KUALA LUMPUR: Applicants for the Malaysia MySecond Home (MM2H) programme were today told they must not use it to escape from the laws and authorities in their home countries.
The applicants must be “genuine”, tourism, arts and culture ministry secretary-general Isham Ishak said when asked if Hong Kong residents have been applying to join the programme following the street protests there.
He said there has not been any big influx “but I have not seen the records yet, but we do welcome (genuine applicants)”.
“If there are any new participants in Hong Kong interested to come to Malaysia, they are more than welcome, but they must be genuine.
“I mean they should not be running away from something,” he said, adding that background checks would be done on all MM2H applicants.
Isham was speaking to reporters after the launch of the 5th World Tourism Conference, themed “Beyond Tourism – Beyond Expectation”, by Prime Minister Dr Mahathir Mohamad.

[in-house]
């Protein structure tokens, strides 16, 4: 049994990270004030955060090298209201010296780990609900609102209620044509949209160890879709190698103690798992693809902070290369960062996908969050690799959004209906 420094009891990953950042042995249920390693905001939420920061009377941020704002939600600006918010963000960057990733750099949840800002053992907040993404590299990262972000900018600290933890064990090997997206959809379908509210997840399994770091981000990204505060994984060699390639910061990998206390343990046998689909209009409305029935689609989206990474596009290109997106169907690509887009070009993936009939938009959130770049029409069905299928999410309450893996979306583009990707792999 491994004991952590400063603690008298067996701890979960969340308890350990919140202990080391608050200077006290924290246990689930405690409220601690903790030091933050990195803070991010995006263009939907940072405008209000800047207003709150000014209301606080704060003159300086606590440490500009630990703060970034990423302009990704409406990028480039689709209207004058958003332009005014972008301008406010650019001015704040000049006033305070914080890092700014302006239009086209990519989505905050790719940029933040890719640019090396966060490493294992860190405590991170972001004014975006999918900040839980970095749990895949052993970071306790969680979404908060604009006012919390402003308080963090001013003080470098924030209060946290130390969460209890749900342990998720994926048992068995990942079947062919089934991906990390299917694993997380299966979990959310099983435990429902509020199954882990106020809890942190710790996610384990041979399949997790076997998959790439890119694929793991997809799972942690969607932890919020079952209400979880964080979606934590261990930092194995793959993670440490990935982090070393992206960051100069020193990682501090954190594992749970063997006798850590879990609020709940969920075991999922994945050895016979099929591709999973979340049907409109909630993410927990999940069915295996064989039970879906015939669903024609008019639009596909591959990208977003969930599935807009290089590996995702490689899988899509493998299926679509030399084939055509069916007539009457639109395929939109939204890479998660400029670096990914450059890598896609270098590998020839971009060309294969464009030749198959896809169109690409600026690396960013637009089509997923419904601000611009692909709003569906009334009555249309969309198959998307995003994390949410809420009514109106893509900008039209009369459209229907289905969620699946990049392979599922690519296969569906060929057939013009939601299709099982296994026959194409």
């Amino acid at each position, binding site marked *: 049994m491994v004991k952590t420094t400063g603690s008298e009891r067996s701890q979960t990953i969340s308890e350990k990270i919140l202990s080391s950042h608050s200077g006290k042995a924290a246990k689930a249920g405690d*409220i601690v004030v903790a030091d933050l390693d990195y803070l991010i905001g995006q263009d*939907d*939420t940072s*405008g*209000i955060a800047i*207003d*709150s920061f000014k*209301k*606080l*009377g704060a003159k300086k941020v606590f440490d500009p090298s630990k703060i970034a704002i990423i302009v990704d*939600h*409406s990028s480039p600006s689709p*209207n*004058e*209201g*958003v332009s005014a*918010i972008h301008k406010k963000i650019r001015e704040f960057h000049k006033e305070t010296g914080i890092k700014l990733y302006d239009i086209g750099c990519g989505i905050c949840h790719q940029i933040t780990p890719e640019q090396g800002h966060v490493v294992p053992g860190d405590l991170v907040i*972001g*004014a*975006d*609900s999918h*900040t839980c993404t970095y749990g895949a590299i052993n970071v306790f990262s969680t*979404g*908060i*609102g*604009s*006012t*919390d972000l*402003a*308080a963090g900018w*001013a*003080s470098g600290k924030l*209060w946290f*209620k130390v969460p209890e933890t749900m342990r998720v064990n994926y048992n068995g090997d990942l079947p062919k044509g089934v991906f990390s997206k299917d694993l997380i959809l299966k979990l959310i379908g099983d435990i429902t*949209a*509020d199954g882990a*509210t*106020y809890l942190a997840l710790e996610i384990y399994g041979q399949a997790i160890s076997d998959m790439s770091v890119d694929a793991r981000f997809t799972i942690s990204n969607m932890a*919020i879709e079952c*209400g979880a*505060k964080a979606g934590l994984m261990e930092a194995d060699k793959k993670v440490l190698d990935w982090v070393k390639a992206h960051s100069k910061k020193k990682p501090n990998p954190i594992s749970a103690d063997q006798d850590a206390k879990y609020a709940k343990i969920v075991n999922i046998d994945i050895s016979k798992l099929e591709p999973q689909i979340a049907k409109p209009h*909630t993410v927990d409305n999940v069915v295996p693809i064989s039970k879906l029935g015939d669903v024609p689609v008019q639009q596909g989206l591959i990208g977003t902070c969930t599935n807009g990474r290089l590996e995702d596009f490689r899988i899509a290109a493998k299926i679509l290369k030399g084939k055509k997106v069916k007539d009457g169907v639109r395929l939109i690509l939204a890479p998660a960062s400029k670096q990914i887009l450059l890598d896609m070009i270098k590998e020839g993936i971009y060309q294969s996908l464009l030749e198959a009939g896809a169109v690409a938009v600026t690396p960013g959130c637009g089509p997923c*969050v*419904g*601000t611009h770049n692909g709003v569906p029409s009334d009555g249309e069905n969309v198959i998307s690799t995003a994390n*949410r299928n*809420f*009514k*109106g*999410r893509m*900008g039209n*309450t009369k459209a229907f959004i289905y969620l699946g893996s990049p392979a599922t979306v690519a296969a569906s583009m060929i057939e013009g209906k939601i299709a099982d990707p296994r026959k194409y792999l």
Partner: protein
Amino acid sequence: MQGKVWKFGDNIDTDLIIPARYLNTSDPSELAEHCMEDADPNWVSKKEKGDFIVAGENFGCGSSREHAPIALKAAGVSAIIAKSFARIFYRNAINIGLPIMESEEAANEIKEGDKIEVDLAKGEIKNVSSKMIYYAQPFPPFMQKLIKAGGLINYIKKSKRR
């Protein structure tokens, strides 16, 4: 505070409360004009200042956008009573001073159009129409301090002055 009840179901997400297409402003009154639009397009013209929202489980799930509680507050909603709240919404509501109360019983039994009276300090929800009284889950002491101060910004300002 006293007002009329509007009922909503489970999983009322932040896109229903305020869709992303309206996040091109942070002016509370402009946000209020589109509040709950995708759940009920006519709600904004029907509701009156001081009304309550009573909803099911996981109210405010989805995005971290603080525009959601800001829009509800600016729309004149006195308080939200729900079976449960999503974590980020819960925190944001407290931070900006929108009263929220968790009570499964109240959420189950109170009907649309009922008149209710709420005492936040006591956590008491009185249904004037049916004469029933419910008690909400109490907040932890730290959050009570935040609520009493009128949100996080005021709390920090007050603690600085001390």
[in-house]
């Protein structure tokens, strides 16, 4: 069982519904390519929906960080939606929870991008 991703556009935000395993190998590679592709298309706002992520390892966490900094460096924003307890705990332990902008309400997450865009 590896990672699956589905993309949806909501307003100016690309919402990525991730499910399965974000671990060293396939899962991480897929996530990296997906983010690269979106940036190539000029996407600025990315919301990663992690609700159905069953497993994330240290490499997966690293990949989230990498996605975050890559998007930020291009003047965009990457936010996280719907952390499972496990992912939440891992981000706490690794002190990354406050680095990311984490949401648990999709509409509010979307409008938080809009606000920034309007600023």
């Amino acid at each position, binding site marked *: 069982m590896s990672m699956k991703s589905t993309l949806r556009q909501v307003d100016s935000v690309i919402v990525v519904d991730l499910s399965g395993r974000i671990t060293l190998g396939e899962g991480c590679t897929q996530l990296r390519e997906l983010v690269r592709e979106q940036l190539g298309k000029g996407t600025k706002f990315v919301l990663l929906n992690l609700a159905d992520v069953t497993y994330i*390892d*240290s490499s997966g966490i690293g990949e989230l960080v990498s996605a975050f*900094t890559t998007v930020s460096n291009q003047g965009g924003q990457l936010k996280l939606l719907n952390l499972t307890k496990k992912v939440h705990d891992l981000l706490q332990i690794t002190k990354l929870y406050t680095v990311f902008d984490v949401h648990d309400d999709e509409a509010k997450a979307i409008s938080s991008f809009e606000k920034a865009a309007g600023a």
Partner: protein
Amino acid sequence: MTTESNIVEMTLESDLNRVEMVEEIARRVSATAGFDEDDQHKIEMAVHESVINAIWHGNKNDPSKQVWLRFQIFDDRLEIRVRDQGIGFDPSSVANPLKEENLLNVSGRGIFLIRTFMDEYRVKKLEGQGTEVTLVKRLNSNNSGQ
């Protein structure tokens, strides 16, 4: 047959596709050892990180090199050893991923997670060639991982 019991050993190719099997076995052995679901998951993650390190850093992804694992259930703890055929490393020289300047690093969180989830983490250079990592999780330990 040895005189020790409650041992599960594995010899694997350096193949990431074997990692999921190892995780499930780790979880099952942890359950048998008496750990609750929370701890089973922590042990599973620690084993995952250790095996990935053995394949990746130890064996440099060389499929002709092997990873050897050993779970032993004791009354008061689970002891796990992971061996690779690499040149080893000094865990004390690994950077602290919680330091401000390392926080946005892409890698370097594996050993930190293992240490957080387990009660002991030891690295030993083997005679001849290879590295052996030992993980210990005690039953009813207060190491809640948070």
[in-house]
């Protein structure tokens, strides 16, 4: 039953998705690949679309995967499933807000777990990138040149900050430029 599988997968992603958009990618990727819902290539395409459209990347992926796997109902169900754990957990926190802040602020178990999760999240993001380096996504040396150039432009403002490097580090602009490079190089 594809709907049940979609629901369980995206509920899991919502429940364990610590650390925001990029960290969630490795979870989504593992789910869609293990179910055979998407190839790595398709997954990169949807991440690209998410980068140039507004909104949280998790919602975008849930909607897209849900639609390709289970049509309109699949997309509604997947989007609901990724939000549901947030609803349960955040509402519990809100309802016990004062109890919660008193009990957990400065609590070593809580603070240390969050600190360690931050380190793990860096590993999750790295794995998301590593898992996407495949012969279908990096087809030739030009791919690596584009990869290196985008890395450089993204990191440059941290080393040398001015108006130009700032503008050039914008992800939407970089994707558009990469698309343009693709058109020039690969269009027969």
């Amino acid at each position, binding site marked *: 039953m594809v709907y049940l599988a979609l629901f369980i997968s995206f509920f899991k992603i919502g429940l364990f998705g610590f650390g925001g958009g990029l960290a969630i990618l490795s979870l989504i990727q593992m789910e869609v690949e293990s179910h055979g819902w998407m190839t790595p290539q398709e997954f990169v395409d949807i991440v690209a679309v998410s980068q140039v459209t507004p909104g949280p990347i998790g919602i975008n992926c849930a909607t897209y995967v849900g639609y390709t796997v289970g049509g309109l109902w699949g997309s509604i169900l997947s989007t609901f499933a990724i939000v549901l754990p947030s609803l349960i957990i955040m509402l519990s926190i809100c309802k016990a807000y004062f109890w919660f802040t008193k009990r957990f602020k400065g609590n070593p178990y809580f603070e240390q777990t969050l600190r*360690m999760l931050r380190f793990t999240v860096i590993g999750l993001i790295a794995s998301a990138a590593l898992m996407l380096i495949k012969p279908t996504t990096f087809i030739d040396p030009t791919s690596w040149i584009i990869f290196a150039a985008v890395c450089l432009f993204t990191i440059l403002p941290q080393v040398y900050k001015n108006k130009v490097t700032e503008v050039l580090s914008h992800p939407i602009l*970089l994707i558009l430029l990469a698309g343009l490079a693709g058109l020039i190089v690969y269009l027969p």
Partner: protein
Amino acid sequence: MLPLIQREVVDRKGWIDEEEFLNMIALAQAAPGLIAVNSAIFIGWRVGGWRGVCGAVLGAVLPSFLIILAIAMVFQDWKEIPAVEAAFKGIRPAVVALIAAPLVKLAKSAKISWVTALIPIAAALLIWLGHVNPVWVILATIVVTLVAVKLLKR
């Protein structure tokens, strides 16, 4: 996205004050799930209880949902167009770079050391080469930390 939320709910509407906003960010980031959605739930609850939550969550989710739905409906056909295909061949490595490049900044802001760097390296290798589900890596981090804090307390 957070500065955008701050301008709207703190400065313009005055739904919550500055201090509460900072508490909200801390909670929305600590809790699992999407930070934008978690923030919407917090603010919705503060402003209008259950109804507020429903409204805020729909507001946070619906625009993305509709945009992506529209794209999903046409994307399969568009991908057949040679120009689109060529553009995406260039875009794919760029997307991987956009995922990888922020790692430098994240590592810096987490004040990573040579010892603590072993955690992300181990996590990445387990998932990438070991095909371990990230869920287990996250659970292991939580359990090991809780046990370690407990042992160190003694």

This follows reports that more wealthy property buyers from Hong Kong are looking to Malaysia as a possible second home as the special administrative region of China struggles with widespread protests.
The reports said that apart from those taking advantage of the MM2H programme – set up to entice wealthy buyers with properties selling for a minimum of RM500,000 – many are also going through other channels and window-shopping within the RM4 million to RM5 million price range.
Toh Chin Leong, chairman of the Penang chapter of the Real Estate and Housing Developers’ Association (Rehda), said many Malaysian property agents and developers had been collaborating with agents in Hong Kong for data on buyers there.
“In the next one to two months, many developers are expected to go to Hong Kong to sell Malaysian properties,” Toh said.
Reuters also reported, citing a government official, that the MM2H programme had drawn 251 applications from Hong Kong residents this year, compared to 193 approved last year.
The report cited property consultants as saying interest in the MM2H programme had surged among residents of the wealthy Asian financial hub, rocked by anti-Beijing protests that began over 11 weeks ago.